Genevieve SchmidtAll good gardeners realize that the garden season doesn’t end when the blooms on the flowers fade. For your garden to be productive next year, an annual garden cleanup in autumn is needed, as well as a little bit of quality time spent planning for winter. Yet there are some traditional fall tasks that can be left by the wayside and it will actually benefit your landscaped areas – isn’t it wonderful when laziness pays off? Here’s how to prepare this year’s garden for next year’s bounty.

Keep the vegetable garden clean. One of the most important things to remember is not to get behind in harvesting crops such as squash, cucumber, beans, peas, and tomatoes. The debris is not healthy for growing plants, and the result is a messy garden. Even when you are up to your eyeballs in squash, keep on picking or your plants may shut down production. If your plants are putting all of their energy into growing ever-larger monster zucchini, they won’t be putting their energy into creating usable produce for you to freeze or can.

When the plants finally do stop producing, clear away and compost old foliage promptly and dispose of any diseased foliage or fruit by throwing it in the trash. If you leave debris such as dead leaves or decaying produce lying in your vegetable beds, it attracts pest and disease problems, which will overwinter and spread. Once that cycle starts, it’s difficult to stop.

If you grow zucchini, invest in a spiralizer. I’ve seen a number of gardening cartoons about the overabundance of squash, with gardeners putting them on neighbors’ doorsteps and in their mailboxes and playing “guess what’s in tonight’s supper.” No gardener wants to throw away something they’ve planted, not when you can watch the look on your friends’ or neighbors’ faces when you bring over another zucchini dish. This is where a spiralizer comes in handy. With it, you can easily cut your zucchini into “spaghetti” and mix it with butter and cheese or pesto or eat it cold tossed in vinaigrette with a variety of vegetables. It’s perfect for people eating paleo or gluten-free diets or just for convincing your kids to eat more vegetables. My favorite blog for recipe ideas is Inspiralized.

Prepare for your winter garden. Just because the weather is getting colder doesn’t mean you can’t continue to garden. If you live in southern states, you can grow a wide array of crops. If you’re in the northern states, you can use winter-protection devices to make your growing season longer. Some protection devices that can be used include a cold frame, a simply-made greenhouse, the quick-hoop system, or a floating row cover for extra protection from the chilly nights. You can also cover your plants at night with old blankets or sheets. Another option is to put hay bales along the sides of your garden bed and then place old windows on top across the hale bales. This makes a greenhouse effect for better growing conditions.

Some of my favorite crops for winter include broccoli, cauliflower, cabbage, radishes, leeks, turnips, carrots, kale, Swiss chard, Asian greens, spinach, lettuce, and arugula. Now’s the time to get these off to a good start, as growth will slow exponentially as the weather cools.

Use up apples in an Apple Blossom cocktail. If you have an abundance of apples, you can always make Apple Blossom cocktails. These are made with apple juice, applejack, lemon juice, and a sweetener such as maple syrup. This is a great fresh fall cocktail to sit back and relax with after cleaning your garden for fall. Here’s an easy recipe:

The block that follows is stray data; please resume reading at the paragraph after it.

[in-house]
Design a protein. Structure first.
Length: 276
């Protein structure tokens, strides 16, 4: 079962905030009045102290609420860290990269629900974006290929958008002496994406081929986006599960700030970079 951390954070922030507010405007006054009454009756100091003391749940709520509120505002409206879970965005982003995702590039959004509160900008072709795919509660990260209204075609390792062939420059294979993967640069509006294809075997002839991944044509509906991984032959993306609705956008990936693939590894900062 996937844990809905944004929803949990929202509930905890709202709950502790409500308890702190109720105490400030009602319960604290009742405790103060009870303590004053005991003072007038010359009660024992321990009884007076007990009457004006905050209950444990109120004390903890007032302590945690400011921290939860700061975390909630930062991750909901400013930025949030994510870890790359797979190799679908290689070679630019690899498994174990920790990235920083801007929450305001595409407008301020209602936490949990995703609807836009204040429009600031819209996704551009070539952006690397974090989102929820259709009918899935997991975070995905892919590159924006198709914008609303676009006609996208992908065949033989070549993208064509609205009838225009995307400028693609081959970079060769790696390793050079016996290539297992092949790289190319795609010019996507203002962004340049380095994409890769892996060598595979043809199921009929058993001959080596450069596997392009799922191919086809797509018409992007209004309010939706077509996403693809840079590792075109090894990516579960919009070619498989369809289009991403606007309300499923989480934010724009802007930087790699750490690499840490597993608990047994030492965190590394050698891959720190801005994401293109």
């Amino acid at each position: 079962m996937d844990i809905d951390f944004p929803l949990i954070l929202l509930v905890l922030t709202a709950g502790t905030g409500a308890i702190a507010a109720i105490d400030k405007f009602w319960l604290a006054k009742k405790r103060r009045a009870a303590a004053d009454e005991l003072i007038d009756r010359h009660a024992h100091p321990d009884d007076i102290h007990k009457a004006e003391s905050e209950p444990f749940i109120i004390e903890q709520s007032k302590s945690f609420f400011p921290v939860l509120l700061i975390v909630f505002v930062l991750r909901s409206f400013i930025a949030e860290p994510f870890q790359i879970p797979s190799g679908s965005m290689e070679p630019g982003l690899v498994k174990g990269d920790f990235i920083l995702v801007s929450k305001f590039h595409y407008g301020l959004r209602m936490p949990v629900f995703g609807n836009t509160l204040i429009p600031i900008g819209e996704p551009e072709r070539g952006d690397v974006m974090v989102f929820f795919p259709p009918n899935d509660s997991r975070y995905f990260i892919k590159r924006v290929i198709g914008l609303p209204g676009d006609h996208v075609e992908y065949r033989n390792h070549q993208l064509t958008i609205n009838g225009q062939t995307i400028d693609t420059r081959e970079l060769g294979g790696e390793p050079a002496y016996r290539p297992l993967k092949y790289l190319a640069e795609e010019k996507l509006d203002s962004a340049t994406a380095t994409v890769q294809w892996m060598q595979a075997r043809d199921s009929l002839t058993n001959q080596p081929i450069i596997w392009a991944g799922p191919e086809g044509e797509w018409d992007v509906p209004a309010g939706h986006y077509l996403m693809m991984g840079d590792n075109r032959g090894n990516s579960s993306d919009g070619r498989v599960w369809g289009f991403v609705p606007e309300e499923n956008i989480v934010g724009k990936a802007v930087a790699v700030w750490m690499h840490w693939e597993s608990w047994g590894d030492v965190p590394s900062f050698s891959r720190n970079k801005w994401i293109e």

3 parts applejack

2 parts apple juice, fresh-pressed

1 part lemon juice

1 drizzle maple syrup

1 slice lemon

How to mix:

Fill a cocktail shaker with ice cubes, add all ingredients, and shake vigorously. Strain into a champagne flute, and garnish with the slice of lemon. Alternately, this can be made as a blended drink for a slushy autumn treat.

Consider sharing your harvest. If you have an overabundance of squash, potatoes, apples, or other crops, you could share them with a local food pantry. Some food pantries have a volunteer network of gleaners who will come and pick your fruit for you. Other communities need you to pick the fruit and then drop it off at a certain location. If there isn’t a food pantry that accepts donations of fresh produce, consider contacting a local church, which may have a food program with less stringent rules or may be connected to people who could use the extra help.

Leave the leaves on ornamental parts of the landscape. The benefits of letting fall leaves stay where they land instead of bagging them up or burning them are many. The leaves hold moisture in soil and allow native insects, the base of the food chain that feeds spring’s baby birds, to overwinter safely.

On the lawn, leaves should be shredded by running the mower over them without the bag attachment so the shredded leaves stay on the lawn. This will help keep large leaves like maple leaves from smothering the lawn and killing sections of it. Also, it’s a good idea to either shred and put back leaves over your garden beds or periodically fluff the leaves to make sure they aren’t forming a rot-producing mat over delicate perennials.

The only exception is under disease-prone plants such as roses, which should be kept clear of dead foliage at all times.

After a productive growing season, using up the last of your harvest and preparing the garden for winter is an untold pleasure that will allow you to feel comfortable reclining by the fire as the days become shorter and the nights become cooler.

Genevieve SchmidtGenevieve Schmidt is a professional landscape designer and the writer behind She has written for Fine Gardening, Garden Design, and many other prestigious publications. Appointed in 2010 to the Design Review Commission of Arcata, CA, she reviews landscaping plans for commercial and historic properties in her city. You can follow her on Twitter @NcoastGardening.